And Matt Hancock, the Health Secretary, pleaded with students to ‘follow the rules’ for ‘the sake of your education and your parents’ and grandparents’ health’.
Health Minister Lord Bethell said: ‘We are deeply concerned about the spread among students. Some of that spread will take place in universities, and I pay tribute to the efforts of vice-chancellors to put in place social distancing arrangements in universities; we hope that they will have an impact.
‘However, some of the effect is in their social life – in pubs, clubs and bedrooms up and down the country.
‘That is the responsibility of the students themselves, and we are looking at measures to enhance and enforce the social-distancing measures that will stop the spread of this disease.’
Groups of revellers appeared in high spirits as they huddled in large groups without face masks and celebrated into the small hours
Revellers flout social distancing guidelines as they hit the streets of Leeds and enjoy a night out amid the coronavirus pandemic
A group of revellers hit the streets of Leeds without masks and enjoy a night out just days before the 10pm curfew on pubs, bars and restaurants comes into place
Crowds of people stand outside a pub in Leeds to enjoy a night out despite the Rule of Six measures now in force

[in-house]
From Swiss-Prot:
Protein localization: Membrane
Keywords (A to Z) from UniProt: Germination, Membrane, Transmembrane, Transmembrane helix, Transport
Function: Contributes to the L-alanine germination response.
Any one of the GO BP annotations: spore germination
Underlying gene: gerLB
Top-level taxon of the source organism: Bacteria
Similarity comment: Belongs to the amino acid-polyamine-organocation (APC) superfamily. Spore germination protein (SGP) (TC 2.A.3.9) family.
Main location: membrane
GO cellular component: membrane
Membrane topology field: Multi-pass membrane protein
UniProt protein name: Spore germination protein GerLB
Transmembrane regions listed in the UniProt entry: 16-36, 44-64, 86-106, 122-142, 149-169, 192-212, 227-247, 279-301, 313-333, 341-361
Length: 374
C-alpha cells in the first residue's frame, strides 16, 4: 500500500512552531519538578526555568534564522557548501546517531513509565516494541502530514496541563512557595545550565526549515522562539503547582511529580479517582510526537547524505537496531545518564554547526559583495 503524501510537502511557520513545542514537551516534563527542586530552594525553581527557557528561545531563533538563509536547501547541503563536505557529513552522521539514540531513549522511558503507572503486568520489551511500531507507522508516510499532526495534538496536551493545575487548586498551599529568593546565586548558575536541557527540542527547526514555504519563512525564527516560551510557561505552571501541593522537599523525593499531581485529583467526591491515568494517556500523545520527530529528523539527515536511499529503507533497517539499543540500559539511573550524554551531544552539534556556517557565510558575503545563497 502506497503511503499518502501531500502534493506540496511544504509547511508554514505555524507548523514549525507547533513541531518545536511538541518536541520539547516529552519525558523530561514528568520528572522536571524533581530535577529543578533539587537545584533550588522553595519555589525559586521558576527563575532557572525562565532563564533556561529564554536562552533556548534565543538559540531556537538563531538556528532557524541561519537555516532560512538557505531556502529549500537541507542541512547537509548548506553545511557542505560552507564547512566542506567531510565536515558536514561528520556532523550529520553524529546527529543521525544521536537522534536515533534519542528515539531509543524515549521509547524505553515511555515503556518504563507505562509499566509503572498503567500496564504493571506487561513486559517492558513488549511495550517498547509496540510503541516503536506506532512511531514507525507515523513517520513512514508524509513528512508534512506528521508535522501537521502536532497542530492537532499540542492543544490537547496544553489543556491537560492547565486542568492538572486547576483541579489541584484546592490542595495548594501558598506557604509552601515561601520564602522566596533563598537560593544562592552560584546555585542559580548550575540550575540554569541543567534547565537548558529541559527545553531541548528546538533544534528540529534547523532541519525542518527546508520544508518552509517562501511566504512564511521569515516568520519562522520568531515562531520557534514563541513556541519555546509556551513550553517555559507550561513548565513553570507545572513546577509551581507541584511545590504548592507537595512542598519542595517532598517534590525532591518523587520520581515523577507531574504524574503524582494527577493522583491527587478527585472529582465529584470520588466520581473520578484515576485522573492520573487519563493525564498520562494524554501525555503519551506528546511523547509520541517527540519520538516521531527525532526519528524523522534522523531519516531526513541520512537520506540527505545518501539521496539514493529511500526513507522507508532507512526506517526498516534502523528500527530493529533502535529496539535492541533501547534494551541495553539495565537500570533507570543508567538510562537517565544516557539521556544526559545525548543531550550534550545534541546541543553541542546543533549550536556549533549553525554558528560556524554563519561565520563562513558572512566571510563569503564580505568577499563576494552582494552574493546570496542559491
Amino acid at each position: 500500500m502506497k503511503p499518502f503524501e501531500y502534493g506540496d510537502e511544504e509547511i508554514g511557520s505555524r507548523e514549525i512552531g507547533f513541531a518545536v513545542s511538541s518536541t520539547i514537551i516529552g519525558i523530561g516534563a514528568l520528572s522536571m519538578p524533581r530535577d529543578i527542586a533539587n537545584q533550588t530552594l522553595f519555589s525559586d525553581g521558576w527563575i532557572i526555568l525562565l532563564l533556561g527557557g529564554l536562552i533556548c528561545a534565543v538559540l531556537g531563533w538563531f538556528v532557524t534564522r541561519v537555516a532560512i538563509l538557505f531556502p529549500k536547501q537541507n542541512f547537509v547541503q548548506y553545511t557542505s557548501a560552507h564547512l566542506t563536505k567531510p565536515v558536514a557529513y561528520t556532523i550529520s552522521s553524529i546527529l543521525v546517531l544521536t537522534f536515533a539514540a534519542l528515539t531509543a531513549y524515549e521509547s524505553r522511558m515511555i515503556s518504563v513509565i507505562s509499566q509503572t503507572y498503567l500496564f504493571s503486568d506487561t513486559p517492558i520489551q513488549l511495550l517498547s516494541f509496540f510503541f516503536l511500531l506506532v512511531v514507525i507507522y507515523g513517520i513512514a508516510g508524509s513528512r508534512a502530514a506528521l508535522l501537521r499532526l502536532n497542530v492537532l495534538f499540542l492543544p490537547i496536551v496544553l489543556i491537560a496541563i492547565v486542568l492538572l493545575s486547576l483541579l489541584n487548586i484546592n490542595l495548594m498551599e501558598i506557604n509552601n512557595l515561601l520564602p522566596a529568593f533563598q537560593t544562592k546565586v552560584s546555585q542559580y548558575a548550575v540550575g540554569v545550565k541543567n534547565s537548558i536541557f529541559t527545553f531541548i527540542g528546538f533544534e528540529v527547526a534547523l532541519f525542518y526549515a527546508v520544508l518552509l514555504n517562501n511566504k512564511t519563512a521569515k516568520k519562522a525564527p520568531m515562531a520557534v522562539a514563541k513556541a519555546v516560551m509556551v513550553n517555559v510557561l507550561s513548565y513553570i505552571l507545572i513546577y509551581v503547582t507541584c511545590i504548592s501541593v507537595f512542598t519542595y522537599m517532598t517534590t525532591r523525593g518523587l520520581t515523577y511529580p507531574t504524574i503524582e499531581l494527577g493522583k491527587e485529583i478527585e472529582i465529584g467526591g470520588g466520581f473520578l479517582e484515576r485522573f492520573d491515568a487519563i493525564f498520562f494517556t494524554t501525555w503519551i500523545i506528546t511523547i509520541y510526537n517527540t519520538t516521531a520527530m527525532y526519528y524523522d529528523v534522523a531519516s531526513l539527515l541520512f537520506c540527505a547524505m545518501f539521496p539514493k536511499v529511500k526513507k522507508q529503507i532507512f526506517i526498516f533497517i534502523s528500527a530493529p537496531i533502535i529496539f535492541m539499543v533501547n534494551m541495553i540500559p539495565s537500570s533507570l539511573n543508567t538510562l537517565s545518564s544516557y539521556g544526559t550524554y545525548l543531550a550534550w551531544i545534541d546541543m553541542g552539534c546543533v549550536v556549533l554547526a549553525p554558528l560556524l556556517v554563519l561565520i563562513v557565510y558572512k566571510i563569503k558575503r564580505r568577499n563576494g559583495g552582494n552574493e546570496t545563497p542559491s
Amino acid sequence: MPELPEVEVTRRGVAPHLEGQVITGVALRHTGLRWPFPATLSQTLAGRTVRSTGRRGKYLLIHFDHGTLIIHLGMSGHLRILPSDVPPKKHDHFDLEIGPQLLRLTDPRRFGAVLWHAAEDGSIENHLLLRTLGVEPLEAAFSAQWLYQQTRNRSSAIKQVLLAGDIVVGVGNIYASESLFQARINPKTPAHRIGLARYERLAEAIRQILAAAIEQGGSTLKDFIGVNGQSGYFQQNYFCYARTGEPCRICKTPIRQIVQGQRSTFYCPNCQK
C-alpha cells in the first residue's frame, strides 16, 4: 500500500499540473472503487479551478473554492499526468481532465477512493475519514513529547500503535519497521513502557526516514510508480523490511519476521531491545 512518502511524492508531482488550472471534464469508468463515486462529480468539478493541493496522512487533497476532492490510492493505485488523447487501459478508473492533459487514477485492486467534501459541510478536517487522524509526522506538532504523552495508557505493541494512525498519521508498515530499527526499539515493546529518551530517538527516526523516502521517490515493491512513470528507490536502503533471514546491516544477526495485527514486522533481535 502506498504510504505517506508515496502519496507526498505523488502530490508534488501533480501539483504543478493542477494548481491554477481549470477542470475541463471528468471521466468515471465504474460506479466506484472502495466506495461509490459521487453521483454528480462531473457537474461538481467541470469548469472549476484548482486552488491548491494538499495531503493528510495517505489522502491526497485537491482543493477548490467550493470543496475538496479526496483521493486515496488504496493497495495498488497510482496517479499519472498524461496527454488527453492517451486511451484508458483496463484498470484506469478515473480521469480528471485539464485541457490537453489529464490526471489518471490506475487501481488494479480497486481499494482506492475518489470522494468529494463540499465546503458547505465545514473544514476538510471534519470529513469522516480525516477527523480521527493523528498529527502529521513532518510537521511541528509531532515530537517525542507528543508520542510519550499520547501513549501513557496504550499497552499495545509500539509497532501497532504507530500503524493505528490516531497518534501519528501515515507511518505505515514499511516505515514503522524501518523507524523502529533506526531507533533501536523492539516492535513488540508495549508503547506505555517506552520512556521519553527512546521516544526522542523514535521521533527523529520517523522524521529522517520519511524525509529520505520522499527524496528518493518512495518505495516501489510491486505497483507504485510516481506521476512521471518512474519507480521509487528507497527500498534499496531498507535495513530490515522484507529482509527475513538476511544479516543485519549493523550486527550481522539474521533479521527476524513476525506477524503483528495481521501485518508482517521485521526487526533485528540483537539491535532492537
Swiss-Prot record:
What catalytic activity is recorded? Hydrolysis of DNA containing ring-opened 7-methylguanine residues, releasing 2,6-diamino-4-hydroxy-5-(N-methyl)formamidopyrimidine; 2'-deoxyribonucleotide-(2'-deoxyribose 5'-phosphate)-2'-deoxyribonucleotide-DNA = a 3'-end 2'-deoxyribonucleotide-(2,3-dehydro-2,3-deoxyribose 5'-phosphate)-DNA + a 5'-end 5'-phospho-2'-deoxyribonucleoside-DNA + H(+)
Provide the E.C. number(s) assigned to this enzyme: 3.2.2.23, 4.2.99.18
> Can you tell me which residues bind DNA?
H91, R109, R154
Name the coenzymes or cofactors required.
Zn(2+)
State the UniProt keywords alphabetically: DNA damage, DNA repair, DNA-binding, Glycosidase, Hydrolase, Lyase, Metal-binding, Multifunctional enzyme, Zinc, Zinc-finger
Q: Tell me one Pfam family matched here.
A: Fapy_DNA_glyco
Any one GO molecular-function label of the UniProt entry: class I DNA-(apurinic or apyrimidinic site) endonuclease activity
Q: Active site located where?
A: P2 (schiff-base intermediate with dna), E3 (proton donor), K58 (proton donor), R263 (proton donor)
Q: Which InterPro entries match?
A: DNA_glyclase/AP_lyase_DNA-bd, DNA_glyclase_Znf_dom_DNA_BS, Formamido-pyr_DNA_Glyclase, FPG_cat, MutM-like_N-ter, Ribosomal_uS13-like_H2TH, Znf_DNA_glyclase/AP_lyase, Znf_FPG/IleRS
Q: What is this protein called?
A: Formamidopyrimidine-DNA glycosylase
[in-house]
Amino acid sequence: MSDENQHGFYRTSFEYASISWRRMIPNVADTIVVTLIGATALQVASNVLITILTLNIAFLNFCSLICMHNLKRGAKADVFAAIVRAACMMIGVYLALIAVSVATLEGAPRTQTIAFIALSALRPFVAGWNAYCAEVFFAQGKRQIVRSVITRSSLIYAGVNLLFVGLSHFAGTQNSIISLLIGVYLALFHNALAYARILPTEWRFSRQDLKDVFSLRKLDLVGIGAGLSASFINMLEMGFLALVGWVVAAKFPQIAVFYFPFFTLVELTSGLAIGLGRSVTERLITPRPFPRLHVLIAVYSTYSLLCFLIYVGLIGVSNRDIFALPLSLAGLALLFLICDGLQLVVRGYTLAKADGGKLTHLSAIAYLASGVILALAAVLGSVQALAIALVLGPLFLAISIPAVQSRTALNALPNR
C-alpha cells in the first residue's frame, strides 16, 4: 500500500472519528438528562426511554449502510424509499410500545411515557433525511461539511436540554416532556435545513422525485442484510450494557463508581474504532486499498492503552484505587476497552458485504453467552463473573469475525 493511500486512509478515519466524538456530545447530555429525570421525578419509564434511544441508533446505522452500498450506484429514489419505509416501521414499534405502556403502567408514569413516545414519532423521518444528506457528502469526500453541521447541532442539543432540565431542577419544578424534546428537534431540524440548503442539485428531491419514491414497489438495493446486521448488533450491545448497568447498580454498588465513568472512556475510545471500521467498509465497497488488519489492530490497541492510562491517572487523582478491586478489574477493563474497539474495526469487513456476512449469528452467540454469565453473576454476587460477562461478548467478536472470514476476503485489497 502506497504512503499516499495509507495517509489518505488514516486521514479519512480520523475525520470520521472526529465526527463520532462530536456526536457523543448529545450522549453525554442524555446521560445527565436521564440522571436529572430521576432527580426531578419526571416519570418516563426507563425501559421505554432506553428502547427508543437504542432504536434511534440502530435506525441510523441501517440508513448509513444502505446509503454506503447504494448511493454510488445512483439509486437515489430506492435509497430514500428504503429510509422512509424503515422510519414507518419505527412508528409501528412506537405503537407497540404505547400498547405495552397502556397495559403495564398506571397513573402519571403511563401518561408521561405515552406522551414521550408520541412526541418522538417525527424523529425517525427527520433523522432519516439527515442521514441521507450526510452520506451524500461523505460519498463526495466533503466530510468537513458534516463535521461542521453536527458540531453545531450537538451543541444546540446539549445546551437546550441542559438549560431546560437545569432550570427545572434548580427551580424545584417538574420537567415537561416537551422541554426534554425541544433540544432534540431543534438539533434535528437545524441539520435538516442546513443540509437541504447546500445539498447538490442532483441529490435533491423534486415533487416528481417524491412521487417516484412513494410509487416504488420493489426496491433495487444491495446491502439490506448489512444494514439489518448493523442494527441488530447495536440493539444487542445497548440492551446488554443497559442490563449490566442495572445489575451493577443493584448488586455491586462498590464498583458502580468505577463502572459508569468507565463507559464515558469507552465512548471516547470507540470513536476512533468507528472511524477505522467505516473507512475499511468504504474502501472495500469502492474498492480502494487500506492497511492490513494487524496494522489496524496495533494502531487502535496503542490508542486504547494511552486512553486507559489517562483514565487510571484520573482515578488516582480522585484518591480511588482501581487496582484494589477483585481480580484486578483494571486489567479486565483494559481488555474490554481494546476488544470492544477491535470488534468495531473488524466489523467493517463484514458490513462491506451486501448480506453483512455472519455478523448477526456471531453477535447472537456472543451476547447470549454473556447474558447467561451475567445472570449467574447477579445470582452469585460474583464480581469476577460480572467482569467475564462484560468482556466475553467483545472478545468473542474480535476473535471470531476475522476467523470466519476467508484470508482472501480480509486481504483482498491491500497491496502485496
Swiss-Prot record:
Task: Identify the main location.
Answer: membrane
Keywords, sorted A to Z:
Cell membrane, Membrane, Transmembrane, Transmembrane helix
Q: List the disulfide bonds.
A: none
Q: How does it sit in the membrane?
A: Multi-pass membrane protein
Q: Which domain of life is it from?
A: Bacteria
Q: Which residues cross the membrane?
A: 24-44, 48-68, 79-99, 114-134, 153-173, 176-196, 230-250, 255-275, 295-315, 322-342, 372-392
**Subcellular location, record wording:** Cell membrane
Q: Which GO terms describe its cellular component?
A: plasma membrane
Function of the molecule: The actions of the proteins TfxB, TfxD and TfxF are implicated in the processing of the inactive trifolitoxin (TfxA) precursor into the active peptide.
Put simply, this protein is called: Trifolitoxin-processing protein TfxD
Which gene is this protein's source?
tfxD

People cross a street in Leeds as scores of revellers hit the streets of the city to enjoy a night out amid the coronavirus pandemic
Party-goers gather on the streets in Leeds to enjoy a night out and party into the small hours just days before the new curfew is kicked into force
People gather on the streets of Leeds to enjoy a night out just days before the new 10pm curfew comes into force
People queue outside The Bristol Pear pub just hours after the Government toughened its coronavirus measures
Crowds of students flout the Rule of Six as they huddle in large groups without face masks in a nearby par
The scenes come as Boris Johnson today announced a new wave of Covid-19 restrictions that could last up to six months- including a 10pm curfew on bars, pubs and restaurants in England.
The 10pm curfew on the hospitality sector has sparked an immediate industry backlash as the UKHospitality group said it was ‘another crushing blow’.
There are also fears the move could have unintended consequences amid warnings of a potential ‘surge of unregulated events and house parties’.
Tory MPs also expressed concerns about the curfew plans, describing them as a ‘terrible blow’ for the hospitality industry and warning there must not be another ‘major lockdown’.
It was claimed overnight that Mr Johnson had initially backed a total shutdown of the hospitality and leisure sectors before Chancellor Rishi Sunak persuaded him to take a less severe course after warning of economic carnage.
Under the new measures, plans for a partial return of sports fans to stadiums from October 1 have been ‘paused’ while the number of people allowed to attend weddings is being reduced to 15.
Mr Johnson also announced the end of the Government’s back to work drive, urging Britons to work from home if they can.
Pub-goers at the Westminster Arms pub in London watch the Prime Minister address the nation regarding new coronavirus restrictions